Suppose I have a linear git history of 8 commits and one branch (master):

1 -> 2 -> 3 -> 4 -> 5 -> 6 -> 7 -> [8=master]

I want to move master to 4 (which I can do with git branch -f master 4):

1 -> 2 -> 3 -> [4=master] -> 5 -> 6 -> 7 -> 8

Now the working tree is in state 4.

I now want to apply the changes from 4 -> 8 to my working tree as a patch.

That is, without effecting the state of the .git folder I want to apply the changes from 4->8 unstaged to my working tree. After this the working tree should be in state 8 but the committed state and master branch should be in state 4.

Another way to say it: Pretend after moving master to 4, I made the changes from 4->8 manually to my working tree without adding them to the index. The result should be the same.

What is the easiest way to do this?


I know I'm late to the party, but for others reference, I think the simplest way is simply:

git cherry-pick --no-commit 4..8

  • 1
    Plus git reset after that to get changes unstaged. – Roman Susi Jan 12 '17 at 18:34
git format-patch 4..8 | xargs git apply

[edit: this next one from the comment below skips making individual patch files]

git diff 4..8 | git apply
  • 2
    Or, equally, git diff 4..8 | git apply – cmbuckley Jan 9 '13 at 23:27

In your case, if you don't actually care about the "unstaged" bit, the simplest thing to do is probably

git checkout 8 -- .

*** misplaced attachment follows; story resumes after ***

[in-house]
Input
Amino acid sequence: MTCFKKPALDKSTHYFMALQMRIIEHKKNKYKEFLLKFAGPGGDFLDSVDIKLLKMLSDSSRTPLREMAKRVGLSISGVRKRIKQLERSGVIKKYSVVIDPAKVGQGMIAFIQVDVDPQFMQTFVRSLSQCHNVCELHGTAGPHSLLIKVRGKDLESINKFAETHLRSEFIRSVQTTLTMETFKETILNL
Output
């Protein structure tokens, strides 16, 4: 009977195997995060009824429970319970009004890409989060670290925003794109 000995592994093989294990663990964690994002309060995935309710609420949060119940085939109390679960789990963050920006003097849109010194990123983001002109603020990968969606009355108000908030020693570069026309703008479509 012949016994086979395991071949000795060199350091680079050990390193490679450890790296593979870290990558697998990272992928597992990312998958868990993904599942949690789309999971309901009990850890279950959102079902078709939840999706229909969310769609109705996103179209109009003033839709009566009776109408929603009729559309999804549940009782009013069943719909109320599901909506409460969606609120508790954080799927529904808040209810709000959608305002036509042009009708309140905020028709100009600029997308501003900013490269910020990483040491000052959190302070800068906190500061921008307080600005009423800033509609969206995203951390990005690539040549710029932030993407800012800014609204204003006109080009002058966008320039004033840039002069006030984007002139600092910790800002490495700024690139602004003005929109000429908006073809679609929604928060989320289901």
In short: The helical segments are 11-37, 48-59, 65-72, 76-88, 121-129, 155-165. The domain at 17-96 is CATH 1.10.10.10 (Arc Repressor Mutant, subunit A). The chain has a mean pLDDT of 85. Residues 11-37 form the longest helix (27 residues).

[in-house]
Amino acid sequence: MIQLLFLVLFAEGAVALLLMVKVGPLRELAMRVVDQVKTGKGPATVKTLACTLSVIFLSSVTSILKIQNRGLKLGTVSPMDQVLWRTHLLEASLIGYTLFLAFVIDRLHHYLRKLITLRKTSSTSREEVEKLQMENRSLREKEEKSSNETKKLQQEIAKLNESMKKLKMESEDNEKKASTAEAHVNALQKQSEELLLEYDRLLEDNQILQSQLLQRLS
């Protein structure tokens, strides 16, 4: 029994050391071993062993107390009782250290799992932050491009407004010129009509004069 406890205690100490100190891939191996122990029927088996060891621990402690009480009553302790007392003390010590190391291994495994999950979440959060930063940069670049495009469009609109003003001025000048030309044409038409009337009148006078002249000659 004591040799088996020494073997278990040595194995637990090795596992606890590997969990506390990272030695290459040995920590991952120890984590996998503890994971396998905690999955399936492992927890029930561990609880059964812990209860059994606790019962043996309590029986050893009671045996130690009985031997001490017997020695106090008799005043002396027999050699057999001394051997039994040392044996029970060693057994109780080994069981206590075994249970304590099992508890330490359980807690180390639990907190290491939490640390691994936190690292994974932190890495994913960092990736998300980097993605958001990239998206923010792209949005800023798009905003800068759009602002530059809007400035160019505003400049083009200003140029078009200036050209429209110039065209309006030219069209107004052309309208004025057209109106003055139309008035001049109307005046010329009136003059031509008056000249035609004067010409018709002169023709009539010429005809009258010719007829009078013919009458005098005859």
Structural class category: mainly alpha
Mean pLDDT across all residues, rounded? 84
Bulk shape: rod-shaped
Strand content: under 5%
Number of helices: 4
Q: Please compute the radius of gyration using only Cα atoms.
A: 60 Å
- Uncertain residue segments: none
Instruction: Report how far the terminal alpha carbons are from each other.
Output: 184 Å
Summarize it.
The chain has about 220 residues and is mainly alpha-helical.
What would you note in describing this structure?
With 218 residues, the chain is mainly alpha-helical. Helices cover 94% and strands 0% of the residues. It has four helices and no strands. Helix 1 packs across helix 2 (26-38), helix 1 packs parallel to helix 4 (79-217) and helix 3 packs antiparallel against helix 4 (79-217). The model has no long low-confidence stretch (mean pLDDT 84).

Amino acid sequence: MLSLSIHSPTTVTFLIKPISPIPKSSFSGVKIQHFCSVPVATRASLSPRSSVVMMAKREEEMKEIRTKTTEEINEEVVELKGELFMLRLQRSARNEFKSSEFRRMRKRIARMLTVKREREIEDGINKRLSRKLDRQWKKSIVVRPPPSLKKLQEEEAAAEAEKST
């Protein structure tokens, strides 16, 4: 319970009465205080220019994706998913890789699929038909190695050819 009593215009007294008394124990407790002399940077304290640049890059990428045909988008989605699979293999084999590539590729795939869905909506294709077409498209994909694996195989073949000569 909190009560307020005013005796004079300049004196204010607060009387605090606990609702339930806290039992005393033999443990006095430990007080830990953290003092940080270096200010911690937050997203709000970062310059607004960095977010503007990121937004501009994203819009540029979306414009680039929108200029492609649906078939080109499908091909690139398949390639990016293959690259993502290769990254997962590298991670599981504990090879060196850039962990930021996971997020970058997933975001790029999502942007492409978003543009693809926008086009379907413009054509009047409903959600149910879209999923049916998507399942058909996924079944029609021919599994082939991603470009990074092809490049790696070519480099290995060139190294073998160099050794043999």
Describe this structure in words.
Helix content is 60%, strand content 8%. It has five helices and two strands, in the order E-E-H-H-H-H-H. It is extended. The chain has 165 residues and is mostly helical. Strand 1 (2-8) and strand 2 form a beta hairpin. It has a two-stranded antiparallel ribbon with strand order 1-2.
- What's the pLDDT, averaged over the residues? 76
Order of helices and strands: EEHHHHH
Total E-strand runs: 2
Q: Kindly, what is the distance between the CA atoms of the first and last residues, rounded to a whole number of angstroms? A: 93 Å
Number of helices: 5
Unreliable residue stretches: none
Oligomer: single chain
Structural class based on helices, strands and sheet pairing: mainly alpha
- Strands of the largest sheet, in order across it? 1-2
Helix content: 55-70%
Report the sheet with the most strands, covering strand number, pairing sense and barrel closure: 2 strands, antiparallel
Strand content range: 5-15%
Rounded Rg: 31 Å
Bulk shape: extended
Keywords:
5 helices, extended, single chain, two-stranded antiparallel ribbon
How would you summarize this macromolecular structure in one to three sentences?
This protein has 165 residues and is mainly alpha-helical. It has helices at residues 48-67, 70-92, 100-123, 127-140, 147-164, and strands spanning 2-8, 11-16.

This will update your tree and index to match that of commit 8, without changing your commit history. You can then git reset to discard the index changes.

If you truly do wish to leave the index file undisturbed, it's slightly more complicated, as git always updates the working tree from the index. You could do something like

GIT_INDEX_FILE=/tmp/foo git checkout 8 -- .

This will use the path /tmp/foo as a temporary index file just for this command. You may then want to delete this file afterwards.

In a more complicated situation where you want to reapply patches that wouldn't actually bring you back to the precise state of commit 8, you can use git cherry-pick --no-commit commit1 commit2 ... to apply the commits in sequence. This will still modify the index of course.

 git checkout master@{1} -- .

is all you need. It reads "checkout the files that the commit that master was pointing to one time ago". Checkout git reflog to see how this works.

Also, you should not be forcefully re-making the branch as you did. This will allow git to track all the places that master used to be pointing to. Use

git stash -u 

in case you have some work in the work dir. Then

git reset --hard master^^^^


git reset --hard master~4
  • "This will allow git to track all the places that master used to be pointing to." - how do you mean? Could you explain this tracking a little more? – Andrew Tomazos Jan 10 '13 at 0:13
  • He said he wanted to apply the changes unstaged. Checkout will stage them. – jthill Jan 10 '13 at 1:39
git cherry-pick master~4 master~5 master~6 master~7 master~8

Your working tree has to be clean though

git help cherry-pick

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